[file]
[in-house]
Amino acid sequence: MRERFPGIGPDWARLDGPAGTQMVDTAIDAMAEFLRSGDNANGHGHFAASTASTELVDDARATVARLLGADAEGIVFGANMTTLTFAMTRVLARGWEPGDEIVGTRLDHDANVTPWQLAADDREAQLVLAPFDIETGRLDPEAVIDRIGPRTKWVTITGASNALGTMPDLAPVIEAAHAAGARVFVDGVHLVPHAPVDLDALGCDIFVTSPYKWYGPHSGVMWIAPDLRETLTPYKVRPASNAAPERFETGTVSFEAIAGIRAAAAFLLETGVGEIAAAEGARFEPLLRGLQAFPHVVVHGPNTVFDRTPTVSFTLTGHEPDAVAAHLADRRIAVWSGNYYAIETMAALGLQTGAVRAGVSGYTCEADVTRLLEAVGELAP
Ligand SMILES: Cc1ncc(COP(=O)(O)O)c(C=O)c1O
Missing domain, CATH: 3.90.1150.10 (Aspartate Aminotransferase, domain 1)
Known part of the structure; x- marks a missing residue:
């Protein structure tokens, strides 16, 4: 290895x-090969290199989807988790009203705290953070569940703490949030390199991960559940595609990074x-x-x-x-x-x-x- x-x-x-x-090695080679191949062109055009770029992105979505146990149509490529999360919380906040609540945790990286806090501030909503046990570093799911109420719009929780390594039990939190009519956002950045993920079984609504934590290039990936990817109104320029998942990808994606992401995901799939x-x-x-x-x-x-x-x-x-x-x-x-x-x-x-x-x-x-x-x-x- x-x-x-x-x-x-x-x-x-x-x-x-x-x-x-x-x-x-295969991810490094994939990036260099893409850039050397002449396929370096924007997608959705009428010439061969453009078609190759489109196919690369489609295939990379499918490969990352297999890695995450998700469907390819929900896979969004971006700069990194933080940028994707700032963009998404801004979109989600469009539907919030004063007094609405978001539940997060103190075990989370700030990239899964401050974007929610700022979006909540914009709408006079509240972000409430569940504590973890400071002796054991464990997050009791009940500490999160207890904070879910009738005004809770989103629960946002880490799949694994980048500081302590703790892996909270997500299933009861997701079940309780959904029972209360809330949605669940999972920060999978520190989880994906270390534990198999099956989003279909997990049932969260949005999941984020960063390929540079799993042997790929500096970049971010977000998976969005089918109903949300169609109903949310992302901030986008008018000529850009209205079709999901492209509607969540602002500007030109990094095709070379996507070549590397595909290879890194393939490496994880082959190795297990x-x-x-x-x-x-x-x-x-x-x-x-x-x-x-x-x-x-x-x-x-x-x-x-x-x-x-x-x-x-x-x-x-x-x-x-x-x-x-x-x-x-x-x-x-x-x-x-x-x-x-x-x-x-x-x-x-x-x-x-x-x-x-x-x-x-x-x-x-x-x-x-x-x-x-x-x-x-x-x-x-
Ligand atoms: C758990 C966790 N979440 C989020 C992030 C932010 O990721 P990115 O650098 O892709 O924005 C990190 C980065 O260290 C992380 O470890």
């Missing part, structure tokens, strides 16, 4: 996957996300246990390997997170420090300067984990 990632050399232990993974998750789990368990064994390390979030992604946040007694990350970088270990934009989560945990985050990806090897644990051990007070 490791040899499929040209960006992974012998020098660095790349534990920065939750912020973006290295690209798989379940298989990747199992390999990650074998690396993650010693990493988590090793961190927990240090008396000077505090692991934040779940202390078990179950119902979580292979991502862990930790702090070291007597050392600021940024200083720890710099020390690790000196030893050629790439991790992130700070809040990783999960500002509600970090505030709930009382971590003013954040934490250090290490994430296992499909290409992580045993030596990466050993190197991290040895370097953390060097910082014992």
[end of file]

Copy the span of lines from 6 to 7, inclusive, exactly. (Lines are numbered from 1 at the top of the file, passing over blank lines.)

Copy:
């Protein structure tokens, strides 16, 4: 290895x-090969290199989807988790009203705290953070569940703490949030390199991960559940595609990074x-x-x-x-x-x-x- x-x-x-x-090695080679191949062109055009770029992105979505146990149509490529999360919380906040609540945790990286806090501030909503046990570093799911109420719009929780390594039990939190009519956002950045993920079984609504934590290039990936990817109104320029998942990808994606992401995901799939x-x-x-x-x-x-x-x-x-x-x-x-x-x-x-x-x-x-x-x-x- x-x-x-x-x-x-x-x-x-x-x-x-x-x-x-x-x-x-295969991810490094994939990036260099893409850039050397002449396929370096924007997608959705009428010439061969453009078609190759489109196919690369489609295939990379499918490969990352297999890695995450998700469907390819929900896979969004971006700069990194933080940028994707700032963009998404801004979109989600469009539907919030004063007094609405978001539940997060103190075990989370700030990239899964401050974007929610700022979006909540914009709408006079509240972000409430569940504590973890400071002796054991464990997050009791009940500490999160207890904070879910009738005004809770989103629960946002880490799949694994980048500081302590703790892996909270997500299933009861997701079940309780959904029972209360809330949605669940999972920060999978520190989880994906270390534990198999099956989003279909997990049932969260949005999941984020960063390929540079799993042997790929500096970049971010977000998976969005089918109903949300169609109903949310992302901030986008008018000529850009209205079709999901492209509607969540602002500007030109990094095709070379996507070549590397595909290879890194393939490496994880082959190795297990x-x-x-x-x-x-x-x-x-x-x-x-x-x-x-x-x-x-x-x-x-x-x-x-x-x-x-x-x-x-x-x-x-x-x-x-x-x-x-x-x-x-x-x-x-x-x-x-x-x-x-x-x-x-x-x-x-x-x-x-x-x-x-x-x-x-x-x-x-x-x-x-x-x-x-x-x-x-x-x-x-
Ligand atoms: C758990 C966790 N979440 C989020 C992030 C932010 O990721 P990115 O650098 O892709 O924005 C990190 C980065 O260290 C992380 O470890």